While as a member of the French Academy of Science and the Ferme générale , Lavoiser was involved in various projects and one such project involved implementation  of street lighting and Lavoiser showed no hesitation in leading the project.

 

To improve street lamps , which in those days before electricity, were the only source of light then, Lavoiser had to know about the process of combustion where certain substances burn releasing light and heat in the presence of gases, Lavoiser began the task of investigating combustion and through his experiments, he found that combustion involved the gas oxygen and he also found out a similar process occurring in animals but much more slowly and with less heat.

 

What were the steps that Lavoiser took to prove that oxygen is responsible for combustion? To understand how he arrived at that conclusion we must first emphasize that Lavoisier discovered an important principle in chemistry as well as in physics which is called the conservation of mass and this is simply that mass is always constant in a chemical reaction that is the properties of whether elements like oxygen and hydrogen may be different before and after a reaction where with oxygen and hydrogen, the result is water, the masses of the atoms remain constant.

 

An example to illustrate this is when wood burns and produce ashes and gas. If a piece of wood is placed in a closed vessel in the presence of oxygen and is allowed to produce ashes and gases, the wood may be different but since this reaction occurred in a closed vessel where no other gases were allowed to enter and escaped, the total amount of molecules and atoms are the same before and after. It is just that the molecules are arranged differently resulting in substances with different properties.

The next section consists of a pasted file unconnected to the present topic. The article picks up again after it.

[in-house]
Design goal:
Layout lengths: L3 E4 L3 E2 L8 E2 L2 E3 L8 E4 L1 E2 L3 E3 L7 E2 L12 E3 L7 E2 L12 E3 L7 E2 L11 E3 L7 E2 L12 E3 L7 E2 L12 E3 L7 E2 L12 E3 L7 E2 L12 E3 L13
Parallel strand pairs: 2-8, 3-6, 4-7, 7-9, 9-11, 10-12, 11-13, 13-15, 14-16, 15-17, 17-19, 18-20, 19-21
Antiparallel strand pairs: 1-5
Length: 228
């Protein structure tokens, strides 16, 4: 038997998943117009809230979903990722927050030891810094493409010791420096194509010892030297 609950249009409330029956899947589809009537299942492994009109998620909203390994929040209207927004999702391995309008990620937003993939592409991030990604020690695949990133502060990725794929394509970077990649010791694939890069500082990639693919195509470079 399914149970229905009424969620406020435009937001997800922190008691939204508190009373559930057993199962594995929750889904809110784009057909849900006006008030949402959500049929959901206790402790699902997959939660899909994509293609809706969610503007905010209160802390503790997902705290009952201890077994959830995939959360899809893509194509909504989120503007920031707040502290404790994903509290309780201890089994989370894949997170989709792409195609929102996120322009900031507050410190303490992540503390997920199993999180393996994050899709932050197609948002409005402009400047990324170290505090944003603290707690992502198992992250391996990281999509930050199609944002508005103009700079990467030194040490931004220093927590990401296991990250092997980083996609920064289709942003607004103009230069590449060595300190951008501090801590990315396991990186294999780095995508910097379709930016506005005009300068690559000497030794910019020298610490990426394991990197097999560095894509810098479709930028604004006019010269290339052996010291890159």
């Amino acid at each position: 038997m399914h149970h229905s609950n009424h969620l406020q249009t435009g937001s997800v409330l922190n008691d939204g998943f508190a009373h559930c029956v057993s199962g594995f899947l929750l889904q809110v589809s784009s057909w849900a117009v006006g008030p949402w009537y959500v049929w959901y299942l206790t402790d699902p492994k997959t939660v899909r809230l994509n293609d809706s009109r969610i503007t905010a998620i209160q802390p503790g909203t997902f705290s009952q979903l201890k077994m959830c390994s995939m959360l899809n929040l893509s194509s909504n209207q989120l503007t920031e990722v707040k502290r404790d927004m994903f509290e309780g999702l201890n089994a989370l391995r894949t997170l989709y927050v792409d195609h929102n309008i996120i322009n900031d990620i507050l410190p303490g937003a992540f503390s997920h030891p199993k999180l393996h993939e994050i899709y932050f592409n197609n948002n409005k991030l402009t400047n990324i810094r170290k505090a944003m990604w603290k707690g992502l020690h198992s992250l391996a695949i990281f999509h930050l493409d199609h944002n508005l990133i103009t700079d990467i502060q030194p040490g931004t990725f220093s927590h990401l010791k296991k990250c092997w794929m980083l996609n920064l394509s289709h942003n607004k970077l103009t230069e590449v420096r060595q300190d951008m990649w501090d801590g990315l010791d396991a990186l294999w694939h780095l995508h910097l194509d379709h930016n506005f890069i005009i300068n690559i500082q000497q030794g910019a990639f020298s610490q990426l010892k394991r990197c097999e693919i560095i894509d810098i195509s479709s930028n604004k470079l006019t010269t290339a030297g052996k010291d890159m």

Lavoisier not only measured the weights of liquids and solids undergoing reactions he even measured the weights of gases. Prior to Lavoisier and beginning with ancient Greek speculation, it was thought that the matter making up the physical universe could be reduced to just four simpler “elements” which are fire, water, air, and earth.

 

Any combination of these resulted in the various kinds of substances we see but Lavoiser challenged this old theory and proved that “earth” is really a combination of various kinds of solid elements such as copper, iron, and sulfur and that water, which was first revealed by Lavoisier is a combination of two gaseous elements, oxygen and hydrogen.

 

For “proof” behind the ancient Greek idea, if a glass vessel of water is heated to boiling, some visible material may be noticed and according to the four element model, water was turning to earth. Lavoisier disproved this with his principle of mass by accurate weighing, and in an experiment where a vessel with a measured amount of water was heated for 101 days, he found that the glass vessel weighed the same before and after. Had it been true that water turns to earth, there would have noticeable changes in the vessel’s weight where the glass vessel would have a different weight after the heating.

 

The conclusion? The weight of the vessel was equal to the weight of the amount of visible material being released and it was from this that the visible material precipitated from the glass itself after long periods of heating.